How can wooden structures remain intact for so many centuries in the harsh climate of Northern Europe?  The answer is a simple yet ingenious wall construction method – “stave churches had outer galleries running around the whole perimeter, loosely connected to the plank walls. They probably served to protect the church from a harsh climate” – a rainscreen.

The most famous and well preserved example of a Norwegian Stave church is the Borgund Stave church (pictured above).  If a voyage to Norway is not in your foreseeable future you can visit a replica of the church at Borgund in Rapid City, South Dakota and a replica of the Hopperstad stave church (Vik, Norway) in Moorhead, Minnesota.

The Uvdal Stave church was constructed out of pine which has been dendrochronologically dated to the mid-twelfth century.  It is located in the valley Numedal in Norway.  The exterior wooden walls date to 1760 and ornate wooden pews within the nave are from the year 1624.  The building is protected and cameras are not allowed inside.  Take a look at the impressive and historic interior by viewing this rare video, shot with permission from the churches owners, on YouTube http://youtu.be/EC6UGPmeZfQ .

Lorentz Dietrichson wrote of weathering a storm within a Norwegian Stave Church “In the Afternoon the Weather changed, and suddenly an entire storm raged outside. It creaked in the old church Walls, as if they were going to fall apart, it was as if each and every plank in the stave construction would slide out of its Placement, break its very framework of Masts and Sills and bury everything beneath the vacillating Columns… but little by little the raging wind blew more fitfully, became constant…although the storm increased rather than declined, soon no sound was to be heard in the Church Walls, wherein the entire Structure had settled and was now steeled and strengthened in the midst of the storm.”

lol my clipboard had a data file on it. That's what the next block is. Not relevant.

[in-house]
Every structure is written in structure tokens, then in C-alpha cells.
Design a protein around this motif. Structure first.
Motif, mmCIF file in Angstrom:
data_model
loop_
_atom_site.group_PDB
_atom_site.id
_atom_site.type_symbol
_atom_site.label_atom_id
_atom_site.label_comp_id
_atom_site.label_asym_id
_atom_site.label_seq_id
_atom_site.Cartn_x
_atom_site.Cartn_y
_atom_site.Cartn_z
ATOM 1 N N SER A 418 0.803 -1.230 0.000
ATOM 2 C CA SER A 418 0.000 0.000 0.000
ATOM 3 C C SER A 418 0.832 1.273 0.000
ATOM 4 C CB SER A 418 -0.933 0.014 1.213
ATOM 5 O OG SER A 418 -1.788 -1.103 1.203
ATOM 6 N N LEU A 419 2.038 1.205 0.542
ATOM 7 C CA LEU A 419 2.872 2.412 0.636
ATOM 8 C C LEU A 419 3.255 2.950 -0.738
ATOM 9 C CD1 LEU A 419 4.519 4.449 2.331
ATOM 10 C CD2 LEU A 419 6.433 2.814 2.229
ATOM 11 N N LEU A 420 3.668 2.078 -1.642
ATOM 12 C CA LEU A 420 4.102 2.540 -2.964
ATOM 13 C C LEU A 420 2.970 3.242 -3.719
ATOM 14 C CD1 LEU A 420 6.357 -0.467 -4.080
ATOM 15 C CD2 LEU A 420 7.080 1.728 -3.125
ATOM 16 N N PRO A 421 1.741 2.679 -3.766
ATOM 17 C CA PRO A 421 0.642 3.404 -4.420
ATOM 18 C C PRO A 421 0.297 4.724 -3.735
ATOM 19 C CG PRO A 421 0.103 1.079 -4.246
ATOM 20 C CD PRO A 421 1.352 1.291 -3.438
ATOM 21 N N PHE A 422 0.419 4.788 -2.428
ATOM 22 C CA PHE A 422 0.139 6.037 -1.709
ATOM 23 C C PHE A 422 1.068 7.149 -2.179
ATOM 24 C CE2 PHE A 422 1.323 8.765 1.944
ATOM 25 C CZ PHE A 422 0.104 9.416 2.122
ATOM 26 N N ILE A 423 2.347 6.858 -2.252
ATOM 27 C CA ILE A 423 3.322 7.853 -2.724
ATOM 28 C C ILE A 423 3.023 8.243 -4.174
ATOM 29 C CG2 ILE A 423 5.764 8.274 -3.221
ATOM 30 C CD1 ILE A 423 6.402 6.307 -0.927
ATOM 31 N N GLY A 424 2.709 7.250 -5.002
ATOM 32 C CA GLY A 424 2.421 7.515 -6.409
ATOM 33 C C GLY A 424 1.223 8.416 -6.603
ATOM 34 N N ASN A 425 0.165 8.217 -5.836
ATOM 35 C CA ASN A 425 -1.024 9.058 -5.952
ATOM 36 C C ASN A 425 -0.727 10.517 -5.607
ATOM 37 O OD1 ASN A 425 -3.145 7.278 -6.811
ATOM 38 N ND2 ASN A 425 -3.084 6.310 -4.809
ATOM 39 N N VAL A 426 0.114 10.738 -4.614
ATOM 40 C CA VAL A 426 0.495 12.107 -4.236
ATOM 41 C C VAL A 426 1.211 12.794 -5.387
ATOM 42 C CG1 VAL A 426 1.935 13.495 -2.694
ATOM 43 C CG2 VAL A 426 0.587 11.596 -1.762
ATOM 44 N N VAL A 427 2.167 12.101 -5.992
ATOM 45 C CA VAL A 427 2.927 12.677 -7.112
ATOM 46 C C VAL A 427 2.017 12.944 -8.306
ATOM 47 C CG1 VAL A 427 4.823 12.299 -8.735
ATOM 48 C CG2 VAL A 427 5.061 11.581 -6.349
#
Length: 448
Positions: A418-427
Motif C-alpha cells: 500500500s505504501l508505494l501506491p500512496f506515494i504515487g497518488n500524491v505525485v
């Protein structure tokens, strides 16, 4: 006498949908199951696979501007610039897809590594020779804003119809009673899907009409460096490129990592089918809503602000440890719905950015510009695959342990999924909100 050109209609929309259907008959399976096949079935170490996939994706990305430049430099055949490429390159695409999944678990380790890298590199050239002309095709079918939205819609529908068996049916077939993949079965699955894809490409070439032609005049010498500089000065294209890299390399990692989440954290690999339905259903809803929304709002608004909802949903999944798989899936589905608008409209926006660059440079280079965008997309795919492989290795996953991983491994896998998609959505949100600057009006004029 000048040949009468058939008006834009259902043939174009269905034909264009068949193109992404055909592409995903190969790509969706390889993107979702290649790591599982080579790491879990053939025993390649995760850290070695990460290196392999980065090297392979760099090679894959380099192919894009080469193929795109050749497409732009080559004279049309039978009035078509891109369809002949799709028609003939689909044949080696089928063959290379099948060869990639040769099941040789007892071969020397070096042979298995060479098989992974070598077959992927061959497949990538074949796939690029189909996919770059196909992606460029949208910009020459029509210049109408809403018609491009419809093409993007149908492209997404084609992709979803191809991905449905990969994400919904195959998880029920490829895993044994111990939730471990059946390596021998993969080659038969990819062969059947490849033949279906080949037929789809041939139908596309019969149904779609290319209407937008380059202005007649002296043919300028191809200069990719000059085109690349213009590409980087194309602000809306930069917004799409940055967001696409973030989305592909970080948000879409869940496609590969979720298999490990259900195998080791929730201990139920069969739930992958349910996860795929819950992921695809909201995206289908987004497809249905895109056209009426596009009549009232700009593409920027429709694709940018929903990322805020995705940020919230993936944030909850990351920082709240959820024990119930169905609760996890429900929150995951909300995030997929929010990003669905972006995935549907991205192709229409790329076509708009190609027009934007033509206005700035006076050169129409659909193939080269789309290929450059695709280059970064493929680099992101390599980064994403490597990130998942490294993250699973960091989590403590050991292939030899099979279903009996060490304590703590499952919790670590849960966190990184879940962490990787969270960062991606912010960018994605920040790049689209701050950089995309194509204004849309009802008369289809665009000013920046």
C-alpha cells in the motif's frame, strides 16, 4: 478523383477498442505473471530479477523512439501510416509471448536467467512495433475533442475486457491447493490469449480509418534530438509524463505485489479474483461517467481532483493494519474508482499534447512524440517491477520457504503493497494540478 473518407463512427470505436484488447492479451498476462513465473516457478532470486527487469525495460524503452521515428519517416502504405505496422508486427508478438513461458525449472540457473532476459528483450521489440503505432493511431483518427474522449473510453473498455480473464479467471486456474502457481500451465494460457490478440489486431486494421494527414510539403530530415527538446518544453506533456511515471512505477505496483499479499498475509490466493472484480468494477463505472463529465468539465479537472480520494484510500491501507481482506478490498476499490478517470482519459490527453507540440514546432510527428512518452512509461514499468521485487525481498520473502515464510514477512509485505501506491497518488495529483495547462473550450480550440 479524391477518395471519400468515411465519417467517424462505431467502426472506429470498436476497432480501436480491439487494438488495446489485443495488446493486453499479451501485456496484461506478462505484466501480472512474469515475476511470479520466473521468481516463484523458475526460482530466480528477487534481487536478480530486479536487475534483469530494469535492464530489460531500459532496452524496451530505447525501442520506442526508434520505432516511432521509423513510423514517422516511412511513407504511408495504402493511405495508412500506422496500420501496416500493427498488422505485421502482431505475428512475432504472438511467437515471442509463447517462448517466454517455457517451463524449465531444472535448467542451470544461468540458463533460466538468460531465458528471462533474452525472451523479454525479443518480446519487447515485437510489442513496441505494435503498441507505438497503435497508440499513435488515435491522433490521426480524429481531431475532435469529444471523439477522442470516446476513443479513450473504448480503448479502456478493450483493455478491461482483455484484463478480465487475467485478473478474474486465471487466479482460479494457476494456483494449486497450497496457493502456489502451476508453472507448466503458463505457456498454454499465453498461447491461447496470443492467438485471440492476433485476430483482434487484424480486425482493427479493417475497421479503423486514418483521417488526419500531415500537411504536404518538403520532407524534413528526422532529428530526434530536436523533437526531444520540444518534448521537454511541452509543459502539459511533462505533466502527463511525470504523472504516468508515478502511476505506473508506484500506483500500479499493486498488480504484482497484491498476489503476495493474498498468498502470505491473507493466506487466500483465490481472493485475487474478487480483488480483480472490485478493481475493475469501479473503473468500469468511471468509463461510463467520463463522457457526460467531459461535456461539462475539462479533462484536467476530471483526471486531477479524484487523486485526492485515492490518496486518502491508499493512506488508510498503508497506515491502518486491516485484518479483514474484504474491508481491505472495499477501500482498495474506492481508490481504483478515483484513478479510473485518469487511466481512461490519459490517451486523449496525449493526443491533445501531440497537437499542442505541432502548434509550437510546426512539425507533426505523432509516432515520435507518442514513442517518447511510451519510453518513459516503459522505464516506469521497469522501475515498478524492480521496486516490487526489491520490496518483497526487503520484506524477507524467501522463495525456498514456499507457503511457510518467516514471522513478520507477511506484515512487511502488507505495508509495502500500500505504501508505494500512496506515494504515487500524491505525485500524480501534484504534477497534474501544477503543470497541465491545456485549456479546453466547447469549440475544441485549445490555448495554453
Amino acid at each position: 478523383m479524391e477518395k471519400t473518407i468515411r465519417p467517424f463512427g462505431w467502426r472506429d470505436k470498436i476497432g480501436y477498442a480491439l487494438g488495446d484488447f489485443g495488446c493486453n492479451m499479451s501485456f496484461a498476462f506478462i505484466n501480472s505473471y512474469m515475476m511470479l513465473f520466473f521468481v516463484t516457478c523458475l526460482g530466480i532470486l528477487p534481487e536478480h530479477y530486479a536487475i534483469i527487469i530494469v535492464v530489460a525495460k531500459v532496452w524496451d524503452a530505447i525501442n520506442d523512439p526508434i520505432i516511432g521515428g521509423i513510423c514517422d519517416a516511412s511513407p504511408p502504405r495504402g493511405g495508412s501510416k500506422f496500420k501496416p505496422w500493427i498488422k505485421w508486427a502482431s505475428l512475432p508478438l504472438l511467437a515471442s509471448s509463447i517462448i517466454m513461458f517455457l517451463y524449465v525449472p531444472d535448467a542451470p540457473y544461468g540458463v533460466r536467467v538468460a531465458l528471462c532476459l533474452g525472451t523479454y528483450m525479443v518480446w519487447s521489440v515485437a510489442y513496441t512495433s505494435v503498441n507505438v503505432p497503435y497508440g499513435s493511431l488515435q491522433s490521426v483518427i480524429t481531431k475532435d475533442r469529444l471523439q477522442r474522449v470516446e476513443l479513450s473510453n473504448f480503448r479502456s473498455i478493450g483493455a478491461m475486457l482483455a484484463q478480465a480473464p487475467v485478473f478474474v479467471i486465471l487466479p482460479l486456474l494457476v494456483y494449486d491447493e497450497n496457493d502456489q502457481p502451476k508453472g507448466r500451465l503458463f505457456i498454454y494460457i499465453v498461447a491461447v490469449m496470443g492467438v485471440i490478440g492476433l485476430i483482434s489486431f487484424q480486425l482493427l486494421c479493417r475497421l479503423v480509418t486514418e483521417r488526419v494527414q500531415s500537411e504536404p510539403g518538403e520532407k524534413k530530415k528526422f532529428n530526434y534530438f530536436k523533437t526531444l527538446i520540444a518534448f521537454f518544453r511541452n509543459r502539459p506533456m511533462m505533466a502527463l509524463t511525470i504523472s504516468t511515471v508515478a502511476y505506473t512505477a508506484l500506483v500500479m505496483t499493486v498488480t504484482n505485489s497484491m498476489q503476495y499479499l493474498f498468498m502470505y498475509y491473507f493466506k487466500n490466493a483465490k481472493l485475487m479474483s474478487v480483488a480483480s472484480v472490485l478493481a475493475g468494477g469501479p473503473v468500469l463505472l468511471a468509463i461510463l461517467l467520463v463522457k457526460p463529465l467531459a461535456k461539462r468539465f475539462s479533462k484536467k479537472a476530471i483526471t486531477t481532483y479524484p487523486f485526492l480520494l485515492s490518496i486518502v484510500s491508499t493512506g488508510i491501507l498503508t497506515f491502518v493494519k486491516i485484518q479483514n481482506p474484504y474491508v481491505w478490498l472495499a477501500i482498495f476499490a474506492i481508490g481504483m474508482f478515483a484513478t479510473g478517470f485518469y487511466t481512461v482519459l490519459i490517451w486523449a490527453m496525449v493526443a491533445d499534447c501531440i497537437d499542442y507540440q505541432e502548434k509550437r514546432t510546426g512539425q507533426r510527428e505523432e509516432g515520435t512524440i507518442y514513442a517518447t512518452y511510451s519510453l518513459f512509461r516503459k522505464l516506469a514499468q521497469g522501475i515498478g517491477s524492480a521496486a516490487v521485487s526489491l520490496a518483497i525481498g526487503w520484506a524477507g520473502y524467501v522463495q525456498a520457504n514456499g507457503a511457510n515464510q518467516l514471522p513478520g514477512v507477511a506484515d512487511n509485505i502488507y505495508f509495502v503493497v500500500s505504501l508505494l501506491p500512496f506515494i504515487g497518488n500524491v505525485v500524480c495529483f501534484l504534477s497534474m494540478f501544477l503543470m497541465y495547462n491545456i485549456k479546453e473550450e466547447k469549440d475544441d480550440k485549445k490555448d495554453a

Santa Claus

Sinterklass is the basis for Santa Claus.  Sinterklass is an elderly, stately and serious man with white hair and a long full beard.  He wears a long red cape.  He carries the big book of Saint Nicolas that tells whether each child has been good or naughty in the past year.

Historical lore of modern day Santa Claus is evident in many cultures throughout the world.  Saint Nicholas was not Norwegian; the historical and religious figure was of Greek decent.

Saint Nicholas is the patron Saint of Sailors and it was Dutch sailors who came to the New World and would not give up St. Nicholas as their patron; when they settled, particularly around the New York area, their nickname Santer Klause became the name we know as Santa Claus.